Appellant’s second contention is that sec. 15(a) of the statute.

Both of appellant’s above contentions point out that the court found a manifest hardship and injustice would result, if her benefits were paid weekly.

It is evident that the Texas legislature has always endeavored to provide a method of payment to beneficiaries under the Workers’ Compensation Act that was in the best interest of the beneficiaries. Moreover, the Texas courts have construed the act in the same manner. See, Stott v. Texas Employers Insur. Assoc., 645 S.W.2d 778 (Tex.1983).

It is equally apparent that prior to 1973, the legislature was satisfied that where a manifest hardship would result if benefits were paid weekly, it would be in the best interest of the beneficiary to permit a lump sum payment to the beneficiary. In 1973, based on what the legislature perceived to be an abuse of the lump sum settlement procedure, the legislature amended 8(d) quoted above.

In construing the provisions of a statute, we are required to consider the entire statute. To arrive at the legislative intent, every provision of a statute should be construed in conjunction with other provisions to produce a harmonious result for the entire statute. Black v. Amer. Bankers Ins. Co., 478 S.W.2d 434, 437 (Tex.1972).

Looking to the pertinent sections of sec. 8(d) sets forth the method of payment.

The issue in the present case pertains only to the method of payment to a surviving parent of a deceased employee. This issue apparently has not been addressed by the Texas courts because neither of the parties to this suit nor this court have located any applicable case law. However, in 1983, the Texas Attorney General issued an opinion in which he concluded that other beneficiaries could not receive a lump sum payment in a worker’s compensation death case because of the provisions in Op.Tex.Att’y Gen. No. JM–21 (1983).

The cases cited in the Attorney General’s opinion support his conclusions as applied to claims by a surviving widow, widower, or child, but not as applied to other beneficiaries such as the surviving parent involved in this case. See Walters v. Fidelity and Casualty Co. of New York, 611 S.W.2d 934, 937 (Tex.Civ.App.—Eastland 1981, writ ref’d n.r.e.) (claim by a surviving widow).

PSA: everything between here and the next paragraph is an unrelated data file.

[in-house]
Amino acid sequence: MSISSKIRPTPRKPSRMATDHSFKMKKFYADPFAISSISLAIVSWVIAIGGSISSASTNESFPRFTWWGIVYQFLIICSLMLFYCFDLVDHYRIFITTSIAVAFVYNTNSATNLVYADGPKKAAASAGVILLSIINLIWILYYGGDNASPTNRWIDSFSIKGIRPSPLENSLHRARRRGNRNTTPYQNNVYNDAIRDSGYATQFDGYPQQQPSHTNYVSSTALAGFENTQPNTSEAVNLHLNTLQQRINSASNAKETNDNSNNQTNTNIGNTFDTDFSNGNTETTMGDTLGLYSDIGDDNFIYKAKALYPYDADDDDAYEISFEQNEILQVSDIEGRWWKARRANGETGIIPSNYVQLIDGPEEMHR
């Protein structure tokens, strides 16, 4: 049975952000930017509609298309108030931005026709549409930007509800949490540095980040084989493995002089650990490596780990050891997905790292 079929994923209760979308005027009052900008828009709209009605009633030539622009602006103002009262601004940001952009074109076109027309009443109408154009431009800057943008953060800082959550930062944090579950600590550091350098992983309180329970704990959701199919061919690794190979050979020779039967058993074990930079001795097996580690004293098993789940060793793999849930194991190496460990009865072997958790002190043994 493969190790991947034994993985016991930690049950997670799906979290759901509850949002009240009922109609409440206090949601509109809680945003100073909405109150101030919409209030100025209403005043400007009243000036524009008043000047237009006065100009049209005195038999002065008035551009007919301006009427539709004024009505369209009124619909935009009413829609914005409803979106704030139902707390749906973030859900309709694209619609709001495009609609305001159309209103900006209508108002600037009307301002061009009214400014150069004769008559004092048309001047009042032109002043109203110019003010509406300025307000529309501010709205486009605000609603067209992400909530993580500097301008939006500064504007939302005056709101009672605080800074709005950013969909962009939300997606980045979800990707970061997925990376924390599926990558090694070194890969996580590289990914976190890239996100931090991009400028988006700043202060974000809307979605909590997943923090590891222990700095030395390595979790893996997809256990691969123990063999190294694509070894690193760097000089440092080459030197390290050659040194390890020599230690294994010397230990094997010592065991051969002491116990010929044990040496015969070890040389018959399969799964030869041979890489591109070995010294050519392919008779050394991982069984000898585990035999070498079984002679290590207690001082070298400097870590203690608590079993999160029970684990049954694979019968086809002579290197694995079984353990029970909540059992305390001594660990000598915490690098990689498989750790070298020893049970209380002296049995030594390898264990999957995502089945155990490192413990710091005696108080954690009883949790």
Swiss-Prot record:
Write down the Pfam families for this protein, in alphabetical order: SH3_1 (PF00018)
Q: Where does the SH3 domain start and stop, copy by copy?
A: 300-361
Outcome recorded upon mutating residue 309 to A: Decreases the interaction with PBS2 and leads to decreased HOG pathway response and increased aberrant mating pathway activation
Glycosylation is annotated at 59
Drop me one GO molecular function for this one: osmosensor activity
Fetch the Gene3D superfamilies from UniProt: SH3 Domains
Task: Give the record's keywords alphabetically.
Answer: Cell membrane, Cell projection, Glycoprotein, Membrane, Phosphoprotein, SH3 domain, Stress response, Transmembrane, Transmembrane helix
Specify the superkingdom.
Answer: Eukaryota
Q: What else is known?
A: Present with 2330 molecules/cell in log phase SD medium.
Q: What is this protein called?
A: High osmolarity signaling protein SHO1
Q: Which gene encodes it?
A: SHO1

In reaching his conclusion in Op. No. JM–21, the Attorney General appears to treat all surviving beneficiaries as one category or class, while Section 8(d) expressly addresses benefits payable to a “widow, widower or children” and then by implication in the last paragraph creates another category by stating, “upon settlement of all cases ... [involving] the proper beneficiary or beneficiaries.”

We conclude that the legislature has placed a surviving parent in a different category from a surviving spouse or child. As a result, we must decide whether it was the legislature’s intent to prohibit a surviving parent from obtaining a lump sum payment of benefits under the provisions of 8(d).

In 1973, when the legislature amended sec. 8(d) are not applicable to the facts of this case, we conclude that appellant is entitled to receive her benefits in a lump sum payment.

We hold that article 8306, sec. 15(a), to a surviving parent, where the issues of proper legal beneficiary and liability are uncontested, and the trial court has found that weekly payments to the surviving parent would result in manifest hardship and injustice to the parent.

The judgment of the trial court is reversed and the cause is remanded to the trial court for entry of a judgment awarding appellant her benefits in a lump sum payment as provided by law.

REVERSED AND REMANDED.

Footnotes

1

The Honorable Jackson B. Smith, Jr., retired, Court of Appeals, First District at Houston, sitting by assignment.

2

For a detailed discussion of the history of the act and why the legislature made this decision, read Justice Quentin Keith’s majority opinion in Walden v. Royal Globe Ins. Co., 577 S.W.2d 296, 298–300 (Tex.Civ.App.—Beaumont 1978, writ ref’d n.r.e.) and Chief Justice Martin Dies’ dissent on the motion for rehearing.

End of Document
Top